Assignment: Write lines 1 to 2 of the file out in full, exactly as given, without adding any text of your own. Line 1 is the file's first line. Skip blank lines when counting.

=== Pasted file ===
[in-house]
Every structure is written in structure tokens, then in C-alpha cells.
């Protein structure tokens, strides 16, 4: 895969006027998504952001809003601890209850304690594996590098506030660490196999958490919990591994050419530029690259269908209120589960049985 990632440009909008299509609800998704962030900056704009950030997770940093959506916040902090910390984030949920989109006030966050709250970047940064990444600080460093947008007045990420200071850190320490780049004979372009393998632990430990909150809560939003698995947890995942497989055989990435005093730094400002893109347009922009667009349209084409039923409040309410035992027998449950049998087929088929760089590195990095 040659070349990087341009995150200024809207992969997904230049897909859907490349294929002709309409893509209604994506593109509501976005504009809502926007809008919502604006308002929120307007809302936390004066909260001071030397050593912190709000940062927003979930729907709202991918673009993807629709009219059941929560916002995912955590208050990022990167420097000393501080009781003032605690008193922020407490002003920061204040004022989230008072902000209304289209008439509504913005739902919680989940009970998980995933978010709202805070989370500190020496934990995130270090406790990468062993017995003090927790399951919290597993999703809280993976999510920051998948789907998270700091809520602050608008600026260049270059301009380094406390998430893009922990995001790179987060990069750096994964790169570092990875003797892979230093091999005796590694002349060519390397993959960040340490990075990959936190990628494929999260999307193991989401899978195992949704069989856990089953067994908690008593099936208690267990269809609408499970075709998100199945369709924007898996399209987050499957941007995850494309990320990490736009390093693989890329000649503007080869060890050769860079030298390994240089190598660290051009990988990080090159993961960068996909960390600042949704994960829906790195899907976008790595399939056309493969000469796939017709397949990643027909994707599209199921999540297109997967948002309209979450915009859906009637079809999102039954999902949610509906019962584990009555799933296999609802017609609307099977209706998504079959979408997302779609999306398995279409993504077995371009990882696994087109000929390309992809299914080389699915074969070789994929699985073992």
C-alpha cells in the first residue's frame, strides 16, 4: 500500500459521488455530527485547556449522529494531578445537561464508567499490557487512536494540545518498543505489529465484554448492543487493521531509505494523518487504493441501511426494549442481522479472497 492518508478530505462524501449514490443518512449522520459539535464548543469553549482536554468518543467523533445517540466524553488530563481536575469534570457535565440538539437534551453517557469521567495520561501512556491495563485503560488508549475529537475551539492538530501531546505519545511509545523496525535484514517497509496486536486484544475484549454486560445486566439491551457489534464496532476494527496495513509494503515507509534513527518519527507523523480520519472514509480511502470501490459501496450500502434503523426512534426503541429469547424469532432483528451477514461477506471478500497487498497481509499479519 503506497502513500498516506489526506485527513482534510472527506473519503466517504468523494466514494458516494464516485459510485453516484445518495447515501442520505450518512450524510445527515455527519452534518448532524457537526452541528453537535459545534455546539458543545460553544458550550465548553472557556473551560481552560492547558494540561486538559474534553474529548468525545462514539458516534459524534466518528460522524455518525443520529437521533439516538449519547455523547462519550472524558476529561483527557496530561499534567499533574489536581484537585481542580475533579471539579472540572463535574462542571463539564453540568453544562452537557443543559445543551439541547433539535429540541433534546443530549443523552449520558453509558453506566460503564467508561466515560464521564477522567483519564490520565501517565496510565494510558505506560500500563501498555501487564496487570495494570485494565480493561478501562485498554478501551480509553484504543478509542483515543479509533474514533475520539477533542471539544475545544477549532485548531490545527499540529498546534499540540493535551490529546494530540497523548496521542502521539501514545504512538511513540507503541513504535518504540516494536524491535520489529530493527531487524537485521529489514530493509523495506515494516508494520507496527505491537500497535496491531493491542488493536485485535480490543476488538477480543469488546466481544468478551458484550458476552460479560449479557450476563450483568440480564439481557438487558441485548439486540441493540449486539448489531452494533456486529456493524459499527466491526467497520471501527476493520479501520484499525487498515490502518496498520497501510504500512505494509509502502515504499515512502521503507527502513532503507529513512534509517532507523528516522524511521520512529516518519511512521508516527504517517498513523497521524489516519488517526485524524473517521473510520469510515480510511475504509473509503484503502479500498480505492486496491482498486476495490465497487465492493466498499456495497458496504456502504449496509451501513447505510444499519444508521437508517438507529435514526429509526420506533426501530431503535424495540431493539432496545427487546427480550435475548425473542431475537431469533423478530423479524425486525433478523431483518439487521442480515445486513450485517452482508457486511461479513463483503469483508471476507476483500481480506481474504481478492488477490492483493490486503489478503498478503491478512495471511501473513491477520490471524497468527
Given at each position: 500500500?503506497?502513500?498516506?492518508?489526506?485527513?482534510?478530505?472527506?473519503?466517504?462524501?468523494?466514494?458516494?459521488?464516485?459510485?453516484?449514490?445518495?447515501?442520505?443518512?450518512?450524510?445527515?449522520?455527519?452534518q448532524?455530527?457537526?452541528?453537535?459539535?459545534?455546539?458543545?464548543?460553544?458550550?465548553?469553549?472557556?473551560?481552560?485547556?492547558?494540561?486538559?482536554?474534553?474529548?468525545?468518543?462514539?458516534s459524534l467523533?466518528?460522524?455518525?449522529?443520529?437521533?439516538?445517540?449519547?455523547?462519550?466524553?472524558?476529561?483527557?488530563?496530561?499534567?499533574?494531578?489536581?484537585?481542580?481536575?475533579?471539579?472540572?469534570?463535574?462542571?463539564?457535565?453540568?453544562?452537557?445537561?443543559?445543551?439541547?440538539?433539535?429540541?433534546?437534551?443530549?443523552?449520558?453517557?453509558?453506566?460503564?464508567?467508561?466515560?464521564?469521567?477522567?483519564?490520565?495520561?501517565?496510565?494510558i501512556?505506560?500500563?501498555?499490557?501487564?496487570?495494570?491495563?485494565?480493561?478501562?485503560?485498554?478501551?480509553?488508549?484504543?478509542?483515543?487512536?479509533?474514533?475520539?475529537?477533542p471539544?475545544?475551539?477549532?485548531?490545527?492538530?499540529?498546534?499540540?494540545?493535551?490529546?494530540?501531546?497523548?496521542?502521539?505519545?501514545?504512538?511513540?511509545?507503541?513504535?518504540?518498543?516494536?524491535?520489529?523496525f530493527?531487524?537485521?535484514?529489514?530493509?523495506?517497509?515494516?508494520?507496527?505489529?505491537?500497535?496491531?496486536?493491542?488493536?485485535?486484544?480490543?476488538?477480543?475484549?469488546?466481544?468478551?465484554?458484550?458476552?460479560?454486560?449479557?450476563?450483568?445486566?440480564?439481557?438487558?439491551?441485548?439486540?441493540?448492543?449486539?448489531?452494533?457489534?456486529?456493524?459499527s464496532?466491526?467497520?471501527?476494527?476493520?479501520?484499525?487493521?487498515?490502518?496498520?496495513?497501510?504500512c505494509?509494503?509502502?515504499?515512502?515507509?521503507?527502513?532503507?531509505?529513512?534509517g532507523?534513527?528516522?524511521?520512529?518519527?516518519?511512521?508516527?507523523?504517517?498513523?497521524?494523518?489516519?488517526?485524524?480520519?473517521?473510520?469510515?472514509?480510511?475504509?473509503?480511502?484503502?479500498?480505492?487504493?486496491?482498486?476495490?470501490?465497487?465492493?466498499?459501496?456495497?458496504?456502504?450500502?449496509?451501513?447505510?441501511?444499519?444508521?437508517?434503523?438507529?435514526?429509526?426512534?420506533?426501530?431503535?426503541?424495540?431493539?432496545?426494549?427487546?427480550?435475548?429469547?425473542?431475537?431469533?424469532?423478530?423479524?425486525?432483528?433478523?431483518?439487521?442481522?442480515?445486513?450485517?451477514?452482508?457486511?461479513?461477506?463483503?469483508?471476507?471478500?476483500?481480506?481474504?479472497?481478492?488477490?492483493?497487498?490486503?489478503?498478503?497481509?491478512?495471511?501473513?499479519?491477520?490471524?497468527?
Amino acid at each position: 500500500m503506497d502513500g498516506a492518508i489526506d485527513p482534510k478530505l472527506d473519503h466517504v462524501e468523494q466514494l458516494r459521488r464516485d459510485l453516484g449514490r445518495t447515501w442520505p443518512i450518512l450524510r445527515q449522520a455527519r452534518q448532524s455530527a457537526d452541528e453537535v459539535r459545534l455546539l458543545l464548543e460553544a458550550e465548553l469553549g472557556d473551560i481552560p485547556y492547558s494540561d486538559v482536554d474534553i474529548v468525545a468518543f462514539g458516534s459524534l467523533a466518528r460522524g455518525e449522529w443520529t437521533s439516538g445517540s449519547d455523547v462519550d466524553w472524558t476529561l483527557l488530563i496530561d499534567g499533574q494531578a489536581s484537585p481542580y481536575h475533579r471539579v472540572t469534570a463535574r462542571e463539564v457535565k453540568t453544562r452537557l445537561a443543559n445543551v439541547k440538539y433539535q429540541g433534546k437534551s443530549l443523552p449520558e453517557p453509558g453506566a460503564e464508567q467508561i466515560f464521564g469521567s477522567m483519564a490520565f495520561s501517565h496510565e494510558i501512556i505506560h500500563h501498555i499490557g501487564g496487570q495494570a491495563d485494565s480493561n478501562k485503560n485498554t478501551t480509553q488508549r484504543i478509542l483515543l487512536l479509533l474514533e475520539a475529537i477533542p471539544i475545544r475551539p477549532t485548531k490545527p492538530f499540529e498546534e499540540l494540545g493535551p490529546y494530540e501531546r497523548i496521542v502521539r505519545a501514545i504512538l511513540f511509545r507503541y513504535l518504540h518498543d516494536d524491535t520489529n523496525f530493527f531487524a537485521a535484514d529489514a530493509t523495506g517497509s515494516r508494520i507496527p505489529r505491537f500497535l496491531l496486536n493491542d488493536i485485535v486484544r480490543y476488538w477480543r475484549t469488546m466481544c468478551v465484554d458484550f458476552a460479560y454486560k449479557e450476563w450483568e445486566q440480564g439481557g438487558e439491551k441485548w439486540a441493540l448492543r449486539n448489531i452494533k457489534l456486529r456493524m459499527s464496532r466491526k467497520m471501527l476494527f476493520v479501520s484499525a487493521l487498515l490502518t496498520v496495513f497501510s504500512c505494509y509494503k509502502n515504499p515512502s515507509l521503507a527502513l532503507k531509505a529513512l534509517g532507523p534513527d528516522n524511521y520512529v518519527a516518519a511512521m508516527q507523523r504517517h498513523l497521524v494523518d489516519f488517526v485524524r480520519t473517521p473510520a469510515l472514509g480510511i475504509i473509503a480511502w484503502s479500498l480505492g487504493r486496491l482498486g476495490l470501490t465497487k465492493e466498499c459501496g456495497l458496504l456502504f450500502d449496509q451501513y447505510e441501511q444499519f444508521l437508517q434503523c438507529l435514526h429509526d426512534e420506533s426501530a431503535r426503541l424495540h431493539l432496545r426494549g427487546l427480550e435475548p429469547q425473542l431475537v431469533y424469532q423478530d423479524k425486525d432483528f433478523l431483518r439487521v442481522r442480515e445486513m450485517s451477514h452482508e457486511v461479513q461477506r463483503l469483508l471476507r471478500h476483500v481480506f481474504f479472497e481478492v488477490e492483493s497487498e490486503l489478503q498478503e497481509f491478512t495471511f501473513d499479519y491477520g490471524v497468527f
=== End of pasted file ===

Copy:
[in-house]
Every structure is written in structure tokens, then in C-alpha cells.